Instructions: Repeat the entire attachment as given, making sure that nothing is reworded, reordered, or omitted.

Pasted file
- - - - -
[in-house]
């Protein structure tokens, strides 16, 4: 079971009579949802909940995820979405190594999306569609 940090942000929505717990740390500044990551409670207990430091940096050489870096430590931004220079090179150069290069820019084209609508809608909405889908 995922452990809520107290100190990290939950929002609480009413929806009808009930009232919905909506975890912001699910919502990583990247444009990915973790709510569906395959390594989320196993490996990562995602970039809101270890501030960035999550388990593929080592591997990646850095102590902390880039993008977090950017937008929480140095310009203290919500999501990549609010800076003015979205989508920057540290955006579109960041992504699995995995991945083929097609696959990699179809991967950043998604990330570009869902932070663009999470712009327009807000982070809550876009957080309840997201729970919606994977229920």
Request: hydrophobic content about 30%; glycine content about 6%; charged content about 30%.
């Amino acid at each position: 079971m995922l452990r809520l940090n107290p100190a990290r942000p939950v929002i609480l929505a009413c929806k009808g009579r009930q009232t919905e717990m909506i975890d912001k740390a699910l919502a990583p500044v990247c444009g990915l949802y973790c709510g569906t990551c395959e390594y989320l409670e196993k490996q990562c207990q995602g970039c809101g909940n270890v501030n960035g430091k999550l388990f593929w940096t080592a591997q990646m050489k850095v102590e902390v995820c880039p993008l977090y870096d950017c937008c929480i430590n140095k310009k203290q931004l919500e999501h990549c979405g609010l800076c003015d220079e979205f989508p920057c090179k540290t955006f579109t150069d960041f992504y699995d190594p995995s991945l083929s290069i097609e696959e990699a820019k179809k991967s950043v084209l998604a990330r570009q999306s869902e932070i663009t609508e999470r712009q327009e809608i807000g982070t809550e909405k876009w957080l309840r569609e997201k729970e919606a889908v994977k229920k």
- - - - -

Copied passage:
[in-house]
């Protein structure tokens, strides 16, 4: 079971009579949802909940995820979405190594999306569609 940090942000929505717990740390500044990551409670207990430091940096050489870096430590931004220079090179150069290069820019084209609508809608909405889908 995922452990809520107290100190990290939950929002609480009413929806009808009930009232919905909506975890912001699910919502990583990247444009990915973790709510569906395959390594989320196993490996990562995602970039809101270890501030960035999550388990593929080592591997990646850095102590902390880039993008977090950017937008929480140095310009203290919500999501990549609010800076003015979205989508920057540290955006579109960041992504699995995995991945083929097609696959990699179809991967950043998604990330570009869902932070663009999470712009327009807000982070809550876009957080309840997201729970919606994977229920």
Request: hydrophobic content about 30%; glycine content about 6%; charged content about 30%.
């Amino acid at each position: 079971m995922l452990r809520l940090n107290p100190a990290r942000p939950v929002i609480l929505a009413c929806k009808g009579r009930q009232t919905e717990m909506i975890d912001k740390a699910l919502a990583p500044v990247c444009g990915l949802y973790c709510g569906t990551c395959e390594y989320l409670e196993k490996q990562c207990q995602g970039c809101g909940n270890v501030n960035g430091k999550l388990f593929w940096t080592a591997q990646m050489k850095v102590e902390v995820c880039p993008l977090y870096d950017c937008c929480i430590n140095k310009k203290q931004l919500e999501h990549c979405g609010l800076c003015d220079e979205f989508p920057c090179k540290t955006f579109t150069d960041f992504y699995d190594p995995s991945l083929s290069i097609e696959e990699a820019k179809k991967s950043v084209l998604a990330r570009q999306s869902e932070i663009t609508e999470r712009q327009e809608i807000g982070t809550e909405k876009w957080l309840r569609e997201k729970e919606a889908v994977k229920k």